[coreboot] BBC EFI story

ali hagigat hagigatali at gmail.com
Sat Oct 2 12:19:56 CEST 2010

On Sat, Oct 2, 2010 at 12:04 PM, Stefan Reinauer
<stefan.reinauer at coresystems.de> wrote:
>  On 10/2/10 9:49 AM, ali hagigat wrote:
>>ordered 4 motherboards, over
>> 11000$.
> You made a very bad deal on those mainboards if that's USD. If I
> remember correctly the list price should rather be 1/10th of that for 4
> mainboards.

I have ordered them by Kontron, it is a company in Germany. They do
not sell motherboards, they sell a complete case of a computer and the
price was nearly 2600$(KISS 2U, KISS 4U).

>> gives this information to big BIOS companies ONLY.
> Not so true, other people made it, too. I even explained to you how to
> do it.
Stefan, you are working for a big company and you wrote for me that we
could get that privileged license for documentation hardly after one

>> At least you could update Wiki pages to state this fact clearly to
>> stop people waste money.
> I doubt we can keep the world from making bad decisions and seeking the fault in others by just putting a few words in a wiki.
Many may make this mistake because nobody can study Intel documents in
details to know that there is unexplained parts in the manual before
even getting a board. Now I have made it clear, before i do not think
even one person mentioned the issue.

>Have you even tried to understand
> the public documentation? We have over 50 contributors, so it seems
> others have made it, because they tried. Why don't you?

My plan was to gather a thorough knowledge of one example of Coreboot.
I dislike much to deal with a subject which in incomplete.

from	Corey Osgood <corey.osgood at gmail.com>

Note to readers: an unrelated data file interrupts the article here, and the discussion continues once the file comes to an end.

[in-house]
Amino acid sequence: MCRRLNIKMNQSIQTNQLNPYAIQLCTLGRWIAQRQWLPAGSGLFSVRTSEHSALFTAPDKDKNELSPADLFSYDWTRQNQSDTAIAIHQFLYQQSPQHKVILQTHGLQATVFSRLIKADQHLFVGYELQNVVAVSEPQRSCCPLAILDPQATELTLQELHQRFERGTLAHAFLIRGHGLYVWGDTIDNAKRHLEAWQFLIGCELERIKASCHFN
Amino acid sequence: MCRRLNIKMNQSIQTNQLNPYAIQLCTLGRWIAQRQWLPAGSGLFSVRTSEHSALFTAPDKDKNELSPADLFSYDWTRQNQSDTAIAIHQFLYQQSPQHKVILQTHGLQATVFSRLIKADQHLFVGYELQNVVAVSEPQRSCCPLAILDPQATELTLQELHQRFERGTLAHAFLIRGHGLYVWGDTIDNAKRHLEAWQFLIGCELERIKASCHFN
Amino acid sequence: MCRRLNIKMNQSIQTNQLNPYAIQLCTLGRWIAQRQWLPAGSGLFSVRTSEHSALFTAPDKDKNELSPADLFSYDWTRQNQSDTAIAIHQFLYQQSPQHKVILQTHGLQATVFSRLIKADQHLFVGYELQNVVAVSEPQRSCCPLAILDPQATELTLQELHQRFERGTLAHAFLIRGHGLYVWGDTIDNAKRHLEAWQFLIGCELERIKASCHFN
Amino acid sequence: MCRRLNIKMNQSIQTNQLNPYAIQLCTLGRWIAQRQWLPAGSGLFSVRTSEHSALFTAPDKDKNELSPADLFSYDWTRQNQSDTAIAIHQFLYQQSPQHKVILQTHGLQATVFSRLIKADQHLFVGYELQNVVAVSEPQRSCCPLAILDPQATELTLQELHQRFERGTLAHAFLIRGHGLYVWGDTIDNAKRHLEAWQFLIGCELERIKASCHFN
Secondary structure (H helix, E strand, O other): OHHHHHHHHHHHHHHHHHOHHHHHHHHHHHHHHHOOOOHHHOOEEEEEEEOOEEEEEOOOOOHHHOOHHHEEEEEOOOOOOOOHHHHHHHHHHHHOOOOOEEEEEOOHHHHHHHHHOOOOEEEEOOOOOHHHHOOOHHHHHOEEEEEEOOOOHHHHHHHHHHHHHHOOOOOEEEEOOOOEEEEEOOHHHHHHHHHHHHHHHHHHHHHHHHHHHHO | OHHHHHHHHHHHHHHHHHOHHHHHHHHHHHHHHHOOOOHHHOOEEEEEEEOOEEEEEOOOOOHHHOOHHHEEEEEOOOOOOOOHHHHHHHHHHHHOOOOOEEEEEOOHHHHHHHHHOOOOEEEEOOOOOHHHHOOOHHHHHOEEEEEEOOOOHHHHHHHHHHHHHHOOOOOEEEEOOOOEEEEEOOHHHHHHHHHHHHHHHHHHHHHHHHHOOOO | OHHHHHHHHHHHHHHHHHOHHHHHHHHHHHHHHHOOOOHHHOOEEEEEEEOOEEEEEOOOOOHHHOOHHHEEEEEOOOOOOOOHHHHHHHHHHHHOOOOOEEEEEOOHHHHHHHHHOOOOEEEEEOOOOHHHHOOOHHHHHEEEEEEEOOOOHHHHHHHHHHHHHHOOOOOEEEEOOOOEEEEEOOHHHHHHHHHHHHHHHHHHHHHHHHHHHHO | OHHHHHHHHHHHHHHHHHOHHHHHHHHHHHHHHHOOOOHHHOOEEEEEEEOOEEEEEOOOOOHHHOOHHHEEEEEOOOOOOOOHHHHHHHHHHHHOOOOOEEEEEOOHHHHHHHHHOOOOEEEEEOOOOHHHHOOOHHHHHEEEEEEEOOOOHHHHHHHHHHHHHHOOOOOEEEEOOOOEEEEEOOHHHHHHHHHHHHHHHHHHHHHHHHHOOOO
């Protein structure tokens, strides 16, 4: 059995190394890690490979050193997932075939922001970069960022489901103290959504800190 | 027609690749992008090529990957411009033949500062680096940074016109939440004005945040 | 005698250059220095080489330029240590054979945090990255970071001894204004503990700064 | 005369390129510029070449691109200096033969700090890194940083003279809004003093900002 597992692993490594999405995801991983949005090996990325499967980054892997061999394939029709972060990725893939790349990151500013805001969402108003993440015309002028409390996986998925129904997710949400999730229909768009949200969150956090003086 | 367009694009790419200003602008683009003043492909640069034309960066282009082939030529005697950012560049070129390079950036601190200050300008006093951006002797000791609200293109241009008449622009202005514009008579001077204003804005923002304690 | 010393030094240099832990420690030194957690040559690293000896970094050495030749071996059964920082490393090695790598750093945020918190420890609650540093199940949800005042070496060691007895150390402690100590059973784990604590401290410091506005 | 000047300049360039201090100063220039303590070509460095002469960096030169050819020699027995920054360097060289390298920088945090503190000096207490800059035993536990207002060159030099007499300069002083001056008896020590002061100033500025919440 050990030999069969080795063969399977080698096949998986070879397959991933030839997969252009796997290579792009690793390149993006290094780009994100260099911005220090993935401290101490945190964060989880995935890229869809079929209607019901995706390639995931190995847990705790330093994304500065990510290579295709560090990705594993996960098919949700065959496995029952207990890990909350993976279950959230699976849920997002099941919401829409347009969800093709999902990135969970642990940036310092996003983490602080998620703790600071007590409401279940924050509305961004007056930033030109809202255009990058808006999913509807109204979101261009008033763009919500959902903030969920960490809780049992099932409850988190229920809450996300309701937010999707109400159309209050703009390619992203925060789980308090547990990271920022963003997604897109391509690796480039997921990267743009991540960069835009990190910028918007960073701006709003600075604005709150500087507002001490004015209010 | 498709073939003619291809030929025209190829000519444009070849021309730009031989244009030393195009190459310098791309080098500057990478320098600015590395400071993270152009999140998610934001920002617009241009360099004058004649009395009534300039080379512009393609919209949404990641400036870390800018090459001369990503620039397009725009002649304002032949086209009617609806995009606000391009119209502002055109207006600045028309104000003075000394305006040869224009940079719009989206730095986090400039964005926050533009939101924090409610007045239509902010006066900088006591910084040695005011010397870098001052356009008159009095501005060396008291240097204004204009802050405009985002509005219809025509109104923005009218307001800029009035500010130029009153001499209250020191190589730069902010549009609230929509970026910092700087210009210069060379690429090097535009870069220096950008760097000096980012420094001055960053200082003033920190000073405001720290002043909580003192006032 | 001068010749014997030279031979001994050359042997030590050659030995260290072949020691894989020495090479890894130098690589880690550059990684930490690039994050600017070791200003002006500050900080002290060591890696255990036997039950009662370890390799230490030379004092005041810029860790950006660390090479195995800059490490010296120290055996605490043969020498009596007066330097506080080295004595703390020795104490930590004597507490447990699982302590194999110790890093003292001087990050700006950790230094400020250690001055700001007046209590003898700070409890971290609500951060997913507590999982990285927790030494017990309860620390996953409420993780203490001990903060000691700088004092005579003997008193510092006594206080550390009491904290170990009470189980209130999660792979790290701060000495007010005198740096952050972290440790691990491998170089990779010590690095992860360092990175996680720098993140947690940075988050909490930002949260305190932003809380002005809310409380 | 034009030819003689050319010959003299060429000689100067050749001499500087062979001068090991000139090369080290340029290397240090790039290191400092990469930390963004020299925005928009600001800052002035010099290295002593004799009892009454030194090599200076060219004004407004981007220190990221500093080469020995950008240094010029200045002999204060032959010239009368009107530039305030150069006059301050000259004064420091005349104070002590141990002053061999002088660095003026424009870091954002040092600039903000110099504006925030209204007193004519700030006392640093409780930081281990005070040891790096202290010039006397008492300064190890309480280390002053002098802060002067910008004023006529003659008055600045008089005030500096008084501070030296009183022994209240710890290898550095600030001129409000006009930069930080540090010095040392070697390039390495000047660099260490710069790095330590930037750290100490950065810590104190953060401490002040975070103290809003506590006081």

to	ali hagigat <hagigatali at gmail.com>
cc	coreboot at coreboot.org
date	Sat, Oct 2, 2010 at 12:30 PM
subject	Re: [coreboot] BBC EFI story

>Most people don't insist on understanding every single line of chipset
>code to port a motherboard. If your chipset is supported, it should be
>relatively easy to port a board to it.

I do not want to port Coreboot first. My immediate purpose was to
study and become proficient in the subject. How I can port Coreboot
without even knowing it and researching on it first.

>I understand that this can be frustrating, but it's something that the >coreboot project has no control over.
>NDA stands for Non-Disclosure Agreement, which means that

At least you could add some lines about NDA story and incomplete data
sheets in Wiki or you could made the following fact clear :

"Anybody who wants to study and learn Coreboot must know that the
documentation of hardware is incomplete and there are some hidden
cases which will never become clear!!"

>Don't blame coreboot for your own misunderstanding. Just because a
>project is open source doesn't mean every bit of data on how the code
>was written has public documentation. The linux kernel (and I imagine
>BSD, solaris, etc) is also open source, but some of the hardware
>supported within doesn't have public datasheets, or the datasheets
>that are public are incomplete.

Linux Kernel contains variety of software structures, techniques and
logic except the architecture, Coreboot is about BIOS and it deals
with hardware directly and mostly, having a complete hardware
documentation is necessary and compulsory for Coreboot while Linux
Kernel have many logical sections apart from architecture and they are
used and learned independently. They are in two different categories
in my opinion.

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